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Check out this recent post from Byzantos 3D, which takes on using VXAO. Developer renders out a short movie using this tech and then presents a breakdown of the production process.
With all the earlier posts about VXAO, it’s time we put things together and render out a short movie that features this novel tech in all its glory. What better subject than (yet another!) forest? Forests are such a nice subject for exercises like this because they typically feature all the big and small objects crucial for testing whether one type of AO can cover most, if not all, essentials. For this reason I disabled Distance Field AO once again and tried to limit usage of any type of Screen Space AO to the least. The Kite Demo assets continue to prove their worth, although I added some which are mere modified versions of the excellent originals.
A small, basic landscape with grass, heather, some flowers and 2 types of trees. Tiny objects are culled at a reasonable distance to keep enough performance. Object density is great and we’re able to get a lot of detail for some shots. Even the fallen leaves are made of geometry although that might have been a tad overkill. As mentioned above, some modified objects were used, primarily to get some better density in tree canopies. I was curious what effect this would yield but the results ended up a bit too contrast-rich. If I’d do things over, I probably would use the same lighting as some of the more ‘ambient lit’ shots show.
A Direct Light with Ray Traced Distance Field Shadows and a Skylight with a HDRI cubemap. Intensity varies per shot. The Post-Processing volume is mainly used to get a good variety of VXAO settings in terms of range, strength and size per shot. Some close-ups feature a bit of HBAO+.
VXAO does not impact performance nearly as much as the object count. With so many small meshes and textures with transparency there’s bound to be a ton of overdraw and this eats away our framerate. We average around 20-25 fps. I did do some optimization tests and found that, by cutting out half the small nitty-gritty, framerate stabilized at 40 fps.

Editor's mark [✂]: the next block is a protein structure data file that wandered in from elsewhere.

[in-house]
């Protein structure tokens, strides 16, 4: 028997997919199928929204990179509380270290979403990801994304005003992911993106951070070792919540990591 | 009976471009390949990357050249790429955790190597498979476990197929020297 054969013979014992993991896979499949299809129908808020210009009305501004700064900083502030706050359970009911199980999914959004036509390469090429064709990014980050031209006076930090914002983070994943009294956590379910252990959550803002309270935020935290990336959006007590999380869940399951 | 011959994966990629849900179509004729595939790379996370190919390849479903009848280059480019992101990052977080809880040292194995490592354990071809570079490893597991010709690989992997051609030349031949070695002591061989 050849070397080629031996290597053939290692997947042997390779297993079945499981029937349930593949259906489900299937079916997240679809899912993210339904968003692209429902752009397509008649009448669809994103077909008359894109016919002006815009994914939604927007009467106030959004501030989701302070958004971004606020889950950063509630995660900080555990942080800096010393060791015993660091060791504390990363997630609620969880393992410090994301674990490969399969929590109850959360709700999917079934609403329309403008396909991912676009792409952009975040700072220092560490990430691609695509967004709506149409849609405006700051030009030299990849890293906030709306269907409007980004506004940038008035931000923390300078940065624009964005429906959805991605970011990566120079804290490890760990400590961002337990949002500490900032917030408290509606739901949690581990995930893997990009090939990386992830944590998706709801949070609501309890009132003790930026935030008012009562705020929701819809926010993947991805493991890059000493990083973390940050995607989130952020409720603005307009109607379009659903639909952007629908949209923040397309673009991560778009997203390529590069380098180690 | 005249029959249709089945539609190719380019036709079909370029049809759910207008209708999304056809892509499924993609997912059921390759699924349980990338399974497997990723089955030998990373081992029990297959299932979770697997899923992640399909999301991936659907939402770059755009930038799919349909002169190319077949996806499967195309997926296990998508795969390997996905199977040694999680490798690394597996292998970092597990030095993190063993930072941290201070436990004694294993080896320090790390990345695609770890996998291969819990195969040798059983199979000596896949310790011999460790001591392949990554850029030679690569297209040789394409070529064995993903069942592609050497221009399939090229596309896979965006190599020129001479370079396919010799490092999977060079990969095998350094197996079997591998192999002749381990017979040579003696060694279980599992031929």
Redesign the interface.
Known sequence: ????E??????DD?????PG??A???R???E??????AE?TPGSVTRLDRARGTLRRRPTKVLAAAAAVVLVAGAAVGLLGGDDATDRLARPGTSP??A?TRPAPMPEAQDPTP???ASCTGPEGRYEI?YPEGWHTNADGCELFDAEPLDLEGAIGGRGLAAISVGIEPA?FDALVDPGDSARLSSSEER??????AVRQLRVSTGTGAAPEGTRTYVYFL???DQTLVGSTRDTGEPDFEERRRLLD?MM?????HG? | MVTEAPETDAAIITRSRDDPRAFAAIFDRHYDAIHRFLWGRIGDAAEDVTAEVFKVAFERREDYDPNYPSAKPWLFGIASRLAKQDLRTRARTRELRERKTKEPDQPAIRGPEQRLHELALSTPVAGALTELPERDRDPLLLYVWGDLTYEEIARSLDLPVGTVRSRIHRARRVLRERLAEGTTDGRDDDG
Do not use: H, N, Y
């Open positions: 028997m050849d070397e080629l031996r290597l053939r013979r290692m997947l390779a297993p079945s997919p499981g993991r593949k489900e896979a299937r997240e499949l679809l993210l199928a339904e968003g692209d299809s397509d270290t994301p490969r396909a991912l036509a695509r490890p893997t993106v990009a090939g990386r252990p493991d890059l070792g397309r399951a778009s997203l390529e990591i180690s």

I rendered about a dozen individual clips with an average length of 10-12 seconds at 60fps and 200% Temporal AA as .jpg sequences. Rendering a single clip took about 3-5 minutes. The clips were then blended together in After-Effects. No other post-processing was applied, neither to the movie nor images.
Speedtree wind is somewhat of a struggle to get right. It seems there’s a ‘warmup’ stage and, to make things worse, the wind effect you see in the editor is nothing like the effect which ends up in your renders. This makes setting up wind a full trial and error experience and the results are a bit lackluster.
I had a really good time experimenting with VXAO. It’s a pleasure to use and, although I still struggle with a lot of things in Unreal Engine 4, I’ll continue to find new ways to use it where it will improve my scenes. Even after testing a number of possibilities, it continues to surprise me, both in quality and stability.